This paper examines the aftermath of the 1897 Riksbank Act in Swedish banking. The Act placed banks with unlimited and limited liability upon equal footing, removing the note issuing privileges of the former. We consider whether changes in risk preferences occurred subsequent to the Act, or whether extended liability was a sufficient deterrent. We conclude that when legal differences were removed, lower transaction costs for ULBs spurred aggressive competition reflected in narrower interest spreads relative to LLBs. ULBs also took on greater leverage and held less liquidity, which supports the Coasean interpretation that shareholder liability regime mattered little. After 1897, ULB shareholders continued to receive higher dividends, enjoyed substantially superior returns on equity and maintained an array of corporate governance controls to shield themselves against their additional risk.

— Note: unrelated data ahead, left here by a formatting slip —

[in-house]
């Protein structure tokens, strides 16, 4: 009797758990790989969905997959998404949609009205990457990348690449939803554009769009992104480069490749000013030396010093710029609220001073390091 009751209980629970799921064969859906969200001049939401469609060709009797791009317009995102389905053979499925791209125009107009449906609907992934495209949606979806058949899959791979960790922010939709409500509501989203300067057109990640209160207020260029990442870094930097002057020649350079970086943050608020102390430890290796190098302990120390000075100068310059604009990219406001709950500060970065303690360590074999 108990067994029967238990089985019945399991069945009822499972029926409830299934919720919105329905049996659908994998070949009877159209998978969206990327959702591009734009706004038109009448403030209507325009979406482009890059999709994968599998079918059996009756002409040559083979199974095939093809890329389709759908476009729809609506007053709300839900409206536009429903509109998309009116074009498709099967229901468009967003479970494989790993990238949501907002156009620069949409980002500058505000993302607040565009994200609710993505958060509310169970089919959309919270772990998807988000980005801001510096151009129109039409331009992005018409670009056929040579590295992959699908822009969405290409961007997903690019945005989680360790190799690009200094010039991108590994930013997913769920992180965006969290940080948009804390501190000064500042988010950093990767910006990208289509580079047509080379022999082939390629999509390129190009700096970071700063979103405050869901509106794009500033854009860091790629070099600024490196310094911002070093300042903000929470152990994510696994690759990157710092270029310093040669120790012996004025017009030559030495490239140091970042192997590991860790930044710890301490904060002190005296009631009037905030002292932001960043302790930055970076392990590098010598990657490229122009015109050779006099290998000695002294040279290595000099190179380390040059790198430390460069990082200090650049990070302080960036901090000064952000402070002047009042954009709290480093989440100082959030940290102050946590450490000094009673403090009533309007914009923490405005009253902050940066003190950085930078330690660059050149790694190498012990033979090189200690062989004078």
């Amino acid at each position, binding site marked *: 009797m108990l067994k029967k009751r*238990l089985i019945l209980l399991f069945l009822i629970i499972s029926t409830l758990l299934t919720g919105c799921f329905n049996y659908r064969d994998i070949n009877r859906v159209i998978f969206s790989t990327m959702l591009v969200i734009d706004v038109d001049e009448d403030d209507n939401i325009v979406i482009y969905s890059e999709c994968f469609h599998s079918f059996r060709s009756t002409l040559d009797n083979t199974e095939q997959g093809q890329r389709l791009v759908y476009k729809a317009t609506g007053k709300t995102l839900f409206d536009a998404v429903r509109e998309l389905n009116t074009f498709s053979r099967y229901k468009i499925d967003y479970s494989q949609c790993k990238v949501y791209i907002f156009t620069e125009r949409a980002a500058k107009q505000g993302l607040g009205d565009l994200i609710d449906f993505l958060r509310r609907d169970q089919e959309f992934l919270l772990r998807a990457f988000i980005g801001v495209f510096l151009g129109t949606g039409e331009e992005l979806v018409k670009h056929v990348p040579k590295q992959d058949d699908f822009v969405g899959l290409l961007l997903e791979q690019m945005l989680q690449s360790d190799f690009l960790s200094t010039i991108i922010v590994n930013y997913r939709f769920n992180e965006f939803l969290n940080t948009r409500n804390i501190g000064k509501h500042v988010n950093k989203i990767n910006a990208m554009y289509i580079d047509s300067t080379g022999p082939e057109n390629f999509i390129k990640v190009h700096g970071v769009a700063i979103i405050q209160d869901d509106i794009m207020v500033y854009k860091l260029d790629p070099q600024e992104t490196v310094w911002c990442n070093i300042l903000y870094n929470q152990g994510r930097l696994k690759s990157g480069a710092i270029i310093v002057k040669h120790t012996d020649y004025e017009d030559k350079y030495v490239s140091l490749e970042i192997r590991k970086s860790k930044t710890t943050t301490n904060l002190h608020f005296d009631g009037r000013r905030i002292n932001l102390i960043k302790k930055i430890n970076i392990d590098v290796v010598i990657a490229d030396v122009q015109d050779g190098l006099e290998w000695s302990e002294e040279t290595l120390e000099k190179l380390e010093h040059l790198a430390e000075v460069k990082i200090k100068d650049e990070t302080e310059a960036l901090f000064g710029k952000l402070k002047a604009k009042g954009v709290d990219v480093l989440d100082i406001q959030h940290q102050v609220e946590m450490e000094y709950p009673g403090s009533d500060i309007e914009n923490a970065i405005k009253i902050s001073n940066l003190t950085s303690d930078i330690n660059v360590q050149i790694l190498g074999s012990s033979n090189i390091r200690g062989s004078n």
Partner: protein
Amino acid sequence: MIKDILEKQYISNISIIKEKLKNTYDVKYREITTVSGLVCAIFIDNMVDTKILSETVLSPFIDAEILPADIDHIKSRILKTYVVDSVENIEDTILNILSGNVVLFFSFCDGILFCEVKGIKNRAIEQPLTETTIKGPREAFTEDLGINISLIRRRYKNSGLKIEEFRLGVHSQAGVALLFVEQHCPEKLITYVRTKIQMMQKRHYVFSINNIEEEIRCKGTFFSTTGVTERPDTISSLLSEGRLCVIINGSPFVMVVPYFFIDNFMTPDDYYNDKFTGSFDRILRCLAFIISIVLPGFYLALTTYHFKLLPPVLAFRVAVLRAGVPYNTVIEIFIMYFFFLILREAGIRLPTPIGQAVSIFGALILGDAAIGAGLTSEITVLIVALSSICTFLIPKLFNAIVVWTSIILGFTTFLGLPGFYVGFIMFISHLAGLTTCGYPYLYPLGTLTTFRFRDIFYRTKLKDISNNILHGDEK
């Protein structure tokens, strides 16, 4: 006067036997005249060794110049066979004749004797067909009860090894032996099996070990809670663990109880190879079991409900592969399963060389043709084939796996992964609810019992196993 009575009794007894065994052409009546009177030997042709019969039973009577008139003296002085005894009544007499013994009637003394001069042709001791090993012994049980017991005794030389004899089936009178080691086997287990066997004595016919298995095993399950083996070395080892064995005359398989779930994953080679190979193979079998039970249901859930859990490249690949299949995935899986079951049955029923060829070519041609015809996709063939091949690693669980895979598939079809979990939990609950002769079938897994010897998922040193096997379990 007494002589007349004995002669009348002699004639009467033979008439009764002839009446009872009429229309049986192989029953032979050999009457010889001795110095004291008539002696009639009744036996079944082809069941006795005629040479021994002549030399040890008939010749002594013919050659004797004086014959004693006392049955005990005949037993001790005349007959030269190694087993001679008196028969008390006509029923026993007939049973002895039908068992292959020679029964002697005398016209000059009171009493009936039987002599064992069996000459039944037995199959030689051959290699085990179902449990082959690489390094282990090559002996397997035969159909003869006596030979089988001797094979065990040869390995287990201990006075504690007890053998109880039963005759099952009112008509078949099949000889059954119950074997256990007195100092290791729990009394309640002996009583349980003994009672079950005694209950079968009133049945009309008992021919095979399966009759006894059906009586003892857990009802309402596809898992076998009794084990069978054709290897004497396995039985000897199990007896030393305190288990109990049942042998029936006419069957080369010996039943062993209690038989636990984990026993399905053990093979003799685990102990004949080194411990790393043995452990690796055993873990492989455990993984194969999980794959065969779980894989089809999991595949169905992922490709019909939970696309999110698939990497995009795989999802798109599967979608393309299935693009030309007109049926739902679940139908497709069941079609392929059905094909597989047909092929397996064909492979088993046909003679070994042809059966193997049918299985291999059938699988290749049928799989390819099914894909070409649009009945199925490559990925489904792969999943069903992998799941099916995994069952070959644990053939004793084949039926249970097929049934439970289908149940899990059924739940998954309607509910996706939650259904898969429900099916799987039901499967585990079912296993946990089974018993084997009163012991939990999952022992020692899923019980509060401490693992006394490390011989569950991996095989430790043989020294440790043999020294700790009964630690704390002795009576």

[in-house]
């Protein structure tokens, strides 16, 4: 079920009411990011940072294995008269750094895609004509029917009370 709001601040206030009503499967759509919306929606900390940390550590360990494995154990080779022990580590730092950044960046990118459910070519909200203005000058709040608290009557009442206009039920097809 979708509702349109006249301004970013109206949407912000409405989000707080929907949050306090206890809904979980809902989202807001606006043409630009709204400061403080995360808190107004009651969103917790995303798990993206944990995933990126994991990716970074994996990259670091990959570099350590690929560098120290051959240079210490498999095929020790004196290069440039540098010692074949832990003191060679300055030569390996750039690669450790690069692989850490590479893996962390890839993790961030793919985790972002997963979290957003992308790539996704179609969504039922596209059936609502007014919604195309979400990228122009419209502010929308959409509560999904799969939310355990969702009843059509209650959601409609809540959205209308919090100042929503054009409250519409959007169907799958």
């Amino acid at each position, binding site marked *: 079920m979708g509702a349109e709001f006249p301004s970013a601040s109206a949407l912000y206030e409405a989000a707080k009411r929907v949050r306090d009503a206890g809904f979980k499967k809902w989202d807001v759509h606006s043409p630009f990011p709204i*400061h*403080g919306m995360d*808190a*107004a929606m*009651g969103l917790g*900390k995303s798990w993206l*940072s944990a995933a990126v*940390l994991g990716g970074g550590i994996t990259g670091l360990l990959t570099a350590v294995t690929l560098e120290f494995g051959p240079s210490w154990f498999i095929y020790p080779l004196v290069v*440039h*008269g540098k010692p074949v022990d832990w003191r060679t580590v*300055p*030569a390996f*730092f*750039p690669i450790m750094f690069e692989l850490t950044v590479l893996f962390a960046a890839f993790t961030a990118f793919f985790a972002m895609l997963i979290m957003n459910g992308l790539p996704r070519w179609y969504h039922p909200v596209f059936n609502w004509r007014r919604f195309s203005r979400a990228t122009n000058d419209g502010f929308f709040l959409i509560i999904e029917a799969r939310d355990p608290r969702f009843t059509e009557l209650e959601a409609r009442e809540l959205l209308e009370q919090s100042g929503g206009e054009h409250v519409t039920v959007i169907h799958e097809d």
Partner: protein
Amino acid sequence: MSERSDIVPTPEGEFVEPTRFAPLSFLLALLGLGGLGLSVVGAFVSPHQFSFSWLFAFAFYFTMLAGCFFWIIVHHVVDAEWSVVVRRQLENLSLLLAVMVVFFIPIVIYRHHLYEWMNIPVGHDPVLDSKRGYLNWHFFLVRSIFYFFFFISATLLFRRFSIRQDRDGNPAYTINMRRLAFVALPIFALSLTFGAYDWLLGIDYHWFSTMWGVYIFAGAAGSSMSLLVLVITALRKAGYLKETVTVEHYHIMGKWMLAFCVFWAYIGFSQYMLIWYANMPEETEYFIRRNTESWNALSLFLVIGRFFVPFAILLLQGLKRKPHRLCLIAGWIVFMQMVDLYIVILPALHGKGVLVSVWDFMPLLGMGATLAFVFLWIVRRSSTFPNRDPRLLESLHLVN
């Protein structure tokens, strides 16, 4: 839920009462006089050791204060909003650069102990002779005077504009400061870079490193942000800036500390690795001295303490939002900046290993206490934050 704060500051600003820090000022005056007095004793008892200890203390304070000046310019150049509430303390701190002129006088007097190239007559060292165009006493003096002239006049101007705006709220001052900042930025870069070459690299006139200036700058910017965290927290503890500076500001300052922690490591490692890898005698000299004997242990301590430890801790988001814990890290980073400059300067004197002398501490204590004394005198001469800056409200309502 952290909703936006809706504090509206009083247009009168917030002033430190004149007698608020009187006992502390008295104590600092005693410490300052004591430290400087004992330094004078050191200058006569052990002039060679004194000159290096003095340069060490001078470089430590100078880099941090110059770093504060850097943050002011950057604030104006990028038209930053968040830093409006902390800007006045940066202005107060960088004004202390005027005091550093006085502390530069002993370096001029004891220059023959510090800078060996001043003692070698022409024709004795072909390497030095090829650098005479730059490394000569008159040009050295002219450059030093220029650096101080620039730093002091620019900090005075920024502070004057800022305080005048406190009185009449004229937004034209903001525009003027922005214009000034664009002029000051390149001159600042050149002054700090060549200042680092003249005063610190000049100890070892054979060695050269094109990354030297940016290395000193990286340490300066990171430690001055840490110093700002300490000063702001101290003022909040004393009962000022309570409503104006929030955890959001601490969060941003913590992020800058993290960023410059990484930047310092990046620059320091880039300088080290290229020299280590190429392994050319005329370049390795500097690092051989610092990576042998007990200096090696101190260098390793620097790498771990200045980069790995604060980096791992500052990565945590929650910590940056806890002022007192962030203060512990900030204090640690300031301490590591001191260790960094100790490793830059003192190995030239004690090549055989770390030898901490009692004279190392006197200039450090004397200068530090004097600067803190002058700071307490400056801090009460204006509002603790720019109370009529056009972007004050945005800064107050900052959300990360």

- Ekonomisk historia